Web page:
Nov 30, 2008

Quicker than anyone dreams

Sunday, November 30, 1941, adds a fresh dateline. In Berlin, Japanese Ambassador Hirashi Oshima receives a cable from Tokyo: "Say very secretly to (the Germans) that there is extreme danger that war may suddenly break out between the Anglo-Saxon nations and Japan through some clash of arms and add that the breaking out  may come quicker than anyone dreams." 

Transmitted in "Purple," the highest security Japanese diplomatic code (which we had been reading for a very long time),  it may have been read in high-level Washington even before it was by the ambassador.   No one in Washington thought it important enough to relay to Hawaii. 


Ed Layton and  Joe Rochefort took no Sunday ease on Oahu beaches. Intelligence chief Layton pored again and again  over information from across the Pacific. Jap carrier divisions 1 and 2 were still no where to be found.  Rochefort's and his cryptographers, still trying to make useful sense of the  Japanese naval code JN25, made no important breakthroughs and were forced to use the crudest form of SigInt (signals intelligence)  -- guessing based on what little of the code they had  broken, primarily radio direction finding  on the (almost) enemy ships whose call signs they knew.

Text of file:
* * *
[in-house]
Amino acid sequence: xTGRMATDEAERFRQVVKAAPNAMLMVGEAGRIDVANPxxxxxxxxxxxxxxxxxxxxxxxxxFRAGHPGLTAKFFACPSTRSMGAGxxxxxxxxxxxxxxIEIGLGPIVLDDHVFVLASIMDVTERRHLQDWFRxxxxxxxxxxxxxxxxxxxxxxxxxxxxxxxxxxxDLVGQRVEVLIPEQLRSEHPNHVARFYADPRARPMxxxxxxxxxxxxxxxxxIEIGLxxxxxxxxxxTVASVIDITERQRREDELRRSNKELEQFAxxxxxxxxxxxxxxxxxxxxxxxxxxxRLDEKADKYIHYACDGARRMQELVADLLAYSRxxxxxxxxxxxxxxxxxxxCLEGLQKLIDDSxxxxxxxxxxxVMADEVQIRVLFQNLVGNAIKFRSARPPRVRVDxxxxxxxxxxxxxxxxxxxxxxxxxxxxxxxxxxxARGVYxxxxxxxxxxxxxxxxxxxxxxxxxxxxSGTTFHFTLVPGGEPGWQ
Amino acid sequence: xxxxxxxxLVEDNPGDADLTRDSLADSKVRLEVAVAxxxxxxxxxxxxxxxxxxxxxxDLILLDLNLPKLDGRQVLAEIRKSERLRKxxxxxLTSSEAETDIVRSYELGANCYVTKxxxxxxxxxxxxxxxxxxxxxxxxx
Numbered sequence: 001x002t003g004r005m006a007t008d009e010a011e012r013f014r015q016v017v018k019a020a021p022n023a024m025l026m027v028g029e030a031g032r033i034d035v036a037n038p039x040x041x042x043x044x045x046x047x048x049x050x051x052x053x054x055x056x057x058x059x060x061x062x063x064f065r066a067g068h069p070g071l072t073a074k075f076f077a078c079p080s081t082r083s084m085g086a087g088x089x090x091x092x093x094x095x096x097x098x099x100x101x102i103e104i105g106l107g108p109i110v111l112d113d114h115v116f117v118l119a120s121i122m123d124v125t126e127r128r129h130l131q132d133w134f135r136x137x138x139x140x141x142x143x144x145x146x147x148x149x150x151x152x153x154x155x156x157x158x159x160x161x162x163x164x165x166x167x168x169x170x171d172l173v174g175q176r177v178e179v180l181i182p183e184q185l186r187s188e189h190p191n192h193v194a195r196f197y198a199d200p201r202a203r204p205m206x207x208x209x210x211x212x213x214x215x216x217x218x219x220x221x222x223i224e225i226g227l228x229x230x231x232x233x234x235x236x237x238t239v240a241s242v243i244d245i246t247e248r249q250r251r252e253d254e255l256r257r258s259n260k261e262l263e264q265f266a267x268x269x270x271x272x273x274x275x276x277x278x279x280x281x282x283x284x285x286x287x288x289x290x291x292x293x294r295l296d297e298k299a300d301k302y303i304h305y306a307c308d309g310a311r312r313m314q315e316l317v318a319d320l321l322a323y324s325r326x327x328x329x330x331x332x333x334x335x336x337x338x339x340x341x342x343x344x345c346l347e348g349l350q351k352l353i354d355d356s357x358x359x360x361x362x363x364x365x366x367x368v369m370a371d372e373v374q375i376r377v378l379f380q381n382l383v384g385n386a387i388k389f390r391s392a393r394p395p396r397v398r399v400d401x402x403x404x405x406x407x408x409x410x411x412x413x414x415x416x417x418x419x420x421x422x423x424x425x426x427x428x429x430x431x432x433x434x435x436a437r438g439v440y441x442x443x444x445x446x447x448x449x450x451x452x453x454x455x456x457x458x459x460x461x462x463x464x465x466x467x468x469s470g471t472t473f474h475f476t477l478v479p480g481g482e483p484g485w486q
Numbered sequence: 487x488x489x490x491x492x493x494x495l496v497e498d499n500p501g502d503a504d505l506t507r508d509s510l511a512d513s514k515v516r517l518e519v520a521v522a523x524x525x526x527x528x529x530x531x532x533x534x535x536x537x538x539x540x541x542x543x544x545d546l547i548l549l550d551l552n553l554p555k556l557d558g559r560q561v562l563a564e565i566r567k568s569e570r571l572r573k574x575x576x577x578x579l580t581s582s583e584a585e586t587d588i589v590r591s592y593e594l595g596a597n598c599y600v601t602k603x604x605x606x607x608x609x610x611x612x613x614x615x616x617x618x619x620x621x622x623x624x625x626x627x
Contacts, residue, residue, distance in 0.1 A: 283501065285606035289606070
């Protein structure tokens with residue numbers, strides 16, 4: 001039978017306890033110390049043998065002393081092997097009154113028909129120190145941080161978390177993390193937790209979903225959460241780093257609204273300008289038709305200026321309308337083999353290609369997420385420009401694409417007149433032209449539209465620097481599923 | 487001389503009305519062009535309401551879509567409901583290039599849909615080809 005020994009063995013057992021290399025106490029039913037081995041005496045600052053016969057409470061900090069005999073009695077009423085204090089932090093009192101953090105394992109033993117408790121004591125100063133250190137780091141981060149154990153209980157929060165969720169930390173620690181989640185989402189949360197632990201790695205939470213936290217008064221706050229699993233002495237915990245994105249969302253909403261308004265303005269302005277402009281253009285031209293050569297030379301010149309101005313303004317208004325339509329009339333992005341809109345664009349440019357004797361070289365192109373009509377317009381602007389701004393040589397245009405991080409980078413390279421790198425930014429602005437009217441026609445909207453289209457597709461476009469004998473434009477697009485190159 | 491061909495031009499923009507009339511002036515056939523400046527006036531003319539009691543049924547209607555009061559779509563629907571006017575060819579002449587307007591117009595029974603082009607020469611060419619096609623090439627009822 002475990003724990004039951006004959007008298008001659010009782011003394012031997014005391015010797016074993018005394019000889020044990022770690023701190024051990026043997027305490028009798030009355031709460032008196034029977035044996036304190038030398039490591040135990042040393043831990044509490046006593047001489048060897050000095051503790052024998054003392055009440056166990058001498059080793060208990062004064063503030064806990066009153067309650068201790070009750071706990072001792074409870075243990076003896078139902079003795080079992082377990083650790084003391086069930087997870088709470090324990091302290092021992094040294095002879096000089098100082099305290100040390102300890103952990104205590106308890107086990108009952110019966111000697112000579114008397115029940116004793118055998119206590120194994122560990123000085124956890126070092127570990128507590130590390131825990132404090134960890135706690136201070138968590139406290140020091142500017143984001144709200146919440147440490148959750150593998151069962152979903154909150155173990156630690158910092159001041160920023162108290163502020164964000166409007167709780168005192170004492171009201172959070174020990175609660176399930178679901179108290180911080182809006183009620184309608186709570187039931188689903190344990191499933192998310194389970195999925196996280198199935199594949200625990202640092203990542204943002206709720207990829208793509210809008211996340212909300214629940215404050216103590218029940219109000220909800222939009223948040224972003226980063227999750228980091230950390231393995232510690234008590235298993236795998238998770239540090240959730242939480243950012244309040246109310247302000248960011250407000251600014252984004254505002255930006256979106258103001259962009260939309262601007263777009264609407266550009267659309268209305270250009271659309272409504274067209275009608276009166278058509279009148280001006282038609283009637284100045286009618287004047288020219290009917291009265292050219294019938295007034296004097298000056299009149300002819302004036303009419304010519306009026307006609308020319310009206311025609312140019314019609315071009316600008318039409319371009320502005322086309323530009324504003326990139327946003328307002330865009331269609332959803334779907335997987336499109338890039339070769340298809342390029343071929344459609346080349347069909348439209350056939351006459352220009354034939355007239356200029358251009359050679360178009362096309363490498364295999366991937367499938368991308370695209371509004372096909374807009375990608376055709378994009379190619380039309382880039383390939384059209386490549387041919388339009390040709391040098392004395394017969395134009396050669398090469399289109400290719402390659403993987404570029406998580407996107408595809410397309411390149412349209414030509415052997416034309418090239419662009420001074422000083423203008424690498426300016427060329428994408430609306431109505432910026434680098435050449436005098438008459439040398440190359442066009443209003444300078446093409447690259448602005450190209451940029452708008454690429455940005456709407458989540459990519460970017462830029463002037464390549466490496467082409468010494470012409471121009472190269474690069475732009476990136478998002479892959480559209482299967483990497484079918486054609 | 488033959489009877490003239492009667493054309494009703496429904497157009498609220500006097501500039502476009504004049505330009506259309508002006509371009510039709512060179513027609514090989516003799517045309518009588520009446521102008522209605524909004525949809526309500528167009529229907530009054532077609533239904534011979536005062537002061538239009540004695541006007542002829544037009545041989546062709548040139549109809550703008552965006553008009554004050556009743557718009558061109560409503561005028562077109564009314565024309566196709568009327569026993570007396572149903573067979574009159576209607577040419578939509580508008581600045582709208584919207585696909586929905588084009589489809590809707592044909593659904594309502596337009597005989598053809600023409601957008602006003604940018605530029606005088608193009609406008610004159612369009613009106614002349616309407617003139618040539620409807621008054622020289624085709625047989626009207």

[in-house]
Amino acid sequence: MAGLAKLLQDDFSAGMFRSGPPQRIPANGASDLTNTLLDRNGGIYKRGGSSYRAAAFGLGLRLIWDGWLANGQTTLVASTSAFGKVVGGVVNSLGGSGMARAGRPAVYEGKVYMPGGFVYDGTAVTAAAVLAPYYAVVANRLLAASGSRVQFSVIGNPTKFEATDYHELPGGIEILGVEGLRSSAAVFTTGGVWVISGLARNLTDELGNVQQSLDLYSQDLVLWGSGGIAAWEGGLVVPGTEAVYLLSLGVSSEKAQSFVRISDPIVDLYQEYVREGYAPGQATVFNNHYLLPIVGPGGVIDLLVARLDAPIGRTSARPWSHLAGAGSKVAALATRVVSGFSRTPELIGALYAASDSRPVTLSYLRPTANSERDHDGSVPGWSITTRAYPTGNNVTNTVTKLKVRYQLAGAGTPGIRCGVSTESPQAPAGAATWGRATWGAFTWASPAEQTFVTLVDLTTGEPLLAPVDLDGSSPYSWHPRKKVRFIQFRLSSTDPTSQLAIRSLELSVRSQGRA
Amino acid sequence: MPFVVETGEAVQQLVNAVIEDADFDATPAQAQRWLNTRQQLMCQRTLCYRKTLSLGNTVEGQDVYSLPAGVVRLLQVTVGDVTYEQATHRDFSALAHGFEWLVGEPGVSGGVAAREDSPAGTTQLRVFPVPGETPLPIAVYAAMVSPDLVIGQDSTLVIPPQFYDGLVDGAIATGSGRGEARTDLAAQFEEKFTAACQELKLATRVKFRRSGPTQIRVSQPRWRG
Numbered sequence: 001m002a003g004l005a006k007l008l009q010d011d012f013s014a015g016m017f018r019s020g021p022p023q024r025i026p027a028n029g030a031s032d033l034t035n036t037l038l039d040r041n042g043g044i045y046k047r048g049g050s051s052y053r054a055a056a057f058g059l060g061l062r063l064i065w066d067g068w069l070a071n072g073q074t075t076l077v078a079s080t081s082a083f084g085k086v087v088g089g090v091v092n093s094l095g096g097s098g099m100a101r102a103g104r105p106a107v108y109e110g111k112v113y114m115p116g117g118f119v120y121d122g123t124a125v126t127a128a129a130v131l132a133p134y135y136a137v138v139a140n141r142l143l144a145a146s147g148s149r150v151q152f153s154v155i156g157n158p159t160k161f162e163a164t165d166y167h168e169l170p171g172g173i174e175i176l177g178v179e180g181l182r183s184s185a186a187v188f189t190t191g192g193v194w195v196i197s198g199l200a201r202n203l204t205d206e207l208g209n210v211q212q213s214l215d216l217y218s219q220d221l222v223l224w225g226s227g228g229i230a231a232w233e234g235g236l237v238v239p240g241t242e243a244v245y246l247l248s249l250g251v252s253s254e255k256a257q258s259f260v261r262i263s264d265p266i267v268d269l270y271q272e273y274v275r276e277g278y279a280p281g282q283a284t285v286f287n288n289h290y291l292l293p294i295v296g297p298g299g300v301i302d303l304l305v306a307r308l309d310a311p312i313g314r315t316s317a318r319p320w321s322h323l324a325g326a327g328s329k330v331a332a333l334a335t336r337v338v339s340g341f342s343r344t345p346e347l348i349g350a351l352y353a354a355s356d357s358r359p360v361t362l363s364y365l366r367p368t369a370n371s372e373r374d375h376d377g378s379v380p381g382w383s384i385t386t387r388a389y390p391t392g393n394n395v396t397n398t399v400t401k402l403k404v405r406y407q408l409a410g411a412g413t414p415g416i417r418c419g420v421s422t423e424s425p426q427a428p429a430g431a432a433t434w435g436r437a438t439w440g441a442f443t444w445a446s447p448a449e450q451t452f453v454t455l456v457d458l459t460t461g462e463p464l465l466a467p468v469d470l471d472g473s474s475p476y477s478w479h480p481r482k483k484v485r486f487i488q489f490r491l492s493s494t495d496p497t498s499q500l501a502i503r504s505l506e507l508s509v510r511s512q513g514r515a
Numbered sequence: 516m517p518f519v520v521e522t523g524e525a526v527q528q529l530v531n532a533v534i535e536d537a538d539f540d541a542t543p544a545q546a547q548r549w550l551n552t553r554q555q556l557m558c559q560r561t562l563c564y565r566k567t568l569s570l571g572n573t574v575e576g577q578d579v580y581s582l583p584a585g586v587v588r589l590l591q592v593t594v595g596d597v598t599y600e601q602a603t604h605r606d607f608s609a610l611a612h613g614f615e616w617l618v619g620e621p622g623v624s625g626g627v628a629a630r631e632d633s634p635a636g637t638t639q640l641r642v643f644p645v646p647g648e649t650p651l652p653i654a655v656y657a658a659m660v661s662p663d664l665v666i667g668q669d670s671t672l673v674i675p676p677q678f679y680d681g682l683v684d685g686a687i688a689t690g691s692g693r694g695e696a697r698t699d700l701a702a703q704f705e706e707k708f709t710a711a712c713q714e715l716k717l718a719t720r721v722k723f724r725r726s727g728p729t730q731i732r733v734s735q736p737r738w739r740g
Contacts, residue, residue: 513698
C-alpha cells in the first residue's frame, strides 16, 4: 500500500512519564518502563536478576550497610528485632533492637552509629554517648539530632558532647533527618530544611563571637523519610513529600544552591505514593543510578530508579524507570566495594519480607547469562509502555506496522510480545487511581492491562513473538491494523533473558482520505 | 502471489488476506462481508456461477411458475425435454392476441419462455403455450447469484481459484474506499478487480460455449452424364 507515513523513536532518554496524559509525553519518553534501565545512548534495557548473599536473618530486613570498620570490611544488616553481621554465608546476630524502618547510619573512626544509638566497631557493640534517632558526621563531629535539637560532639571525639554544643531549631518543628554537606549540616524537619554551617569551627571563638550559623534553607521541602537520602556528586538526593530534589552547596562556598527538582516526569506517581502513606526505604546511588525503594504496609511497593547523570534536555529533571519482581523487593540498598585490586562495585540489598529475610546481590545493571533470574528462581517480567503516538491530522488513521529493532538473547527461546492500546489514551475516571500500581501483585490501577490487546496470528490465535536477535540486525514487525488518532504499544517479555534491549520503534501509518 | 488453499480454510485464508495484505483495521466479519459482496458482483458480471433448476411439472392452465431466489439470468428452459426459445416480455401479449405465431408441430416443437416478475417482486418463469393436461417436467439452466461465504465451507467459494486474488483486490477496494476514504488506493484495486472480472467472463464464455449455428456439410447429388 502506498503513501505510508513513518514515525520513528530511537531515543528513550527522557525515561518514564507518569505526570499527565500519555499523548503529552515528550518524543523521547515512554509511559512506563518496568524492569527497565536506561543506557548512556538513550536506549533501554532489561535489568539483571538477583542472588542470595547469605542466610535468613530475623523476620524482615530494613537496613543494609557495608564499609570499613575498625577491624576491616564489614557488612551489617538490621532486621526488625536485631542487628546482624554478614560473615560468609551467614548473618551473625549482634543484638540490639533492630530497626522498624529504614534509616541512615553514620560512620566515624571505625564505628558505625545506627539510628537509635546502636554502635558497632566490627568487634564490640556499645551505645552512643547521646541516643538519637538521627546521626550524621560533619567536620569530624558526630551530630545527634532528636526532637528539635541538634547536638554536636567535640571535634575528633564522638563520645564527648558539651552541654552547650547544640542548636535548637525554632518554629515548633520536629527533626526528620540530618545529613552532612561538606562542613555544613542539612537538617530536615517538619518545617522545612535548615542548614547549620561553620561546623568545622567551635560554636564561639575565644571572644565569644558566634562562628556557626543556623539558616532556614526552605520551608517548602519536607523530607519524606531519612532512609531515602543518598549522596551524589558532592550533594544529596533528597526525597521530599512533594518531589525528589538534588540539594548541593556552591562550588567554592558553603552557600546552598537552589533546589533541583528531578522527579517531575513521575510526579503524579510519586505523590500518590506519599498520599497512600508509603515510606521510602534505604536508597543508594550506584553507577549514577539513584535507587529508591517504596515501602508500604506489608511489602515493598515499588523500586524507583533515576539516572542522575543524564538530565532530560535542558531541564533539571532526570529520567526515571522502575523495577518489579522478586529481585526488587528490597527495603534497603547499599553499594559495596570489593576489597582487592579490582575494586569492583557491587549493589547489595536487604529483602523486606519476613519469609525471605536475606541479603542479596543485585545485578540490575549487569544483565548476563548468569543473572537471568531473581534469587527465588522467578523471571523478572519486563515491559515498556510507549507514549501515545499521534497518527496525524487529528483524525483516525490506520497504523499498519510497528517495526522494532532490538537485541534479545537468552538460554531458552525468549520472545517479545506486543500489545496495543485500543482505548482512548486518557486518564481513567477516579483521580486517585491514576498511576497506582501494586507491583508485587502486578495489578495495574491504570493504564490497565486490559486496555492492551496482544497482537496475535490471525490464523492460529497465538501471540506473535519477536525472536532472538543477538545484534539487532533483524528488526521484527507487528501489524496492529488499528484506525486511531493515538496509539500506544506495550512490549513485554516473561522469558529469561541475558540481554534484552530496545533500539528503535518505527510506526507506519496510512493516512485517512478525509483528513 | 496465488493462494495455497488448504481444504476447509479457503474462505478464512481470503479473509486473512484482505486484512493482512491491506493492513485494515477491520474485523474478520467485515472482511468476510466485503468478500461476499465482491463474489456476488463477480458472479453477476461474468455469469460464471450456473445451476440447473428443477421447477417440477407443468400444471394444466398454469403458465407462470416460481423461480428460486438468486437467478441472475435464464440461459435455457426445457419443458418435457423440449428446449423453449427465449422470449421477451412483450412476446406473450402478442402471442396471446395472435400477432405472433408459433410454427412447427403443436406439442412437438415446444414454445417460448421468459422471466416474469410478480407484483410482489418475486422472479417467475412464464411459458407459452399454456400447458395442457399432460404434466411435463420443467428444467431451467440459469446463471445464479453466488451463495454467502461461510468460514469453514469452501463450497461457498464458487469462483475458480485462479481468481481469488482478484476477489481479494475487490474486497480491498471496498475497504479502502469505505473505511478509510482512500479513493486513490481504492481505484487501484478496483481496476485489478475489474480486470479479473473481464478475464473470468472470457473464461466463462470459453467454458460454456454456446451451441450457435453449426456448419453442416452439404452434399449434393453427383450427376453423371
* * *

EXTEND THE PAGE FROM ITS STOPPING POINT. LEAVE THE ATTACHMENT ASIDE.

Pearl Harbor code breakers had been forbidden by Washington to read Purple code. In the Philippines, MacArthur had the necessary machines and could read it at will. 


Still far to the north, but getting closer,  Communications Officer Kazuiyoshi  Koichi of the  Hiel was having an uncomfortable  time of it.  Kudo Butai meteorologists had it wrong yesterday, and Sunday's weather was miserable. Besides,  he was sleeping badly on his wooden box pillow full of vital radio parts from the battle cruiser's transmitters. From Yamamoto himself had come the order:  Strict radio silence until after curtain rise, one week from today.

No comments: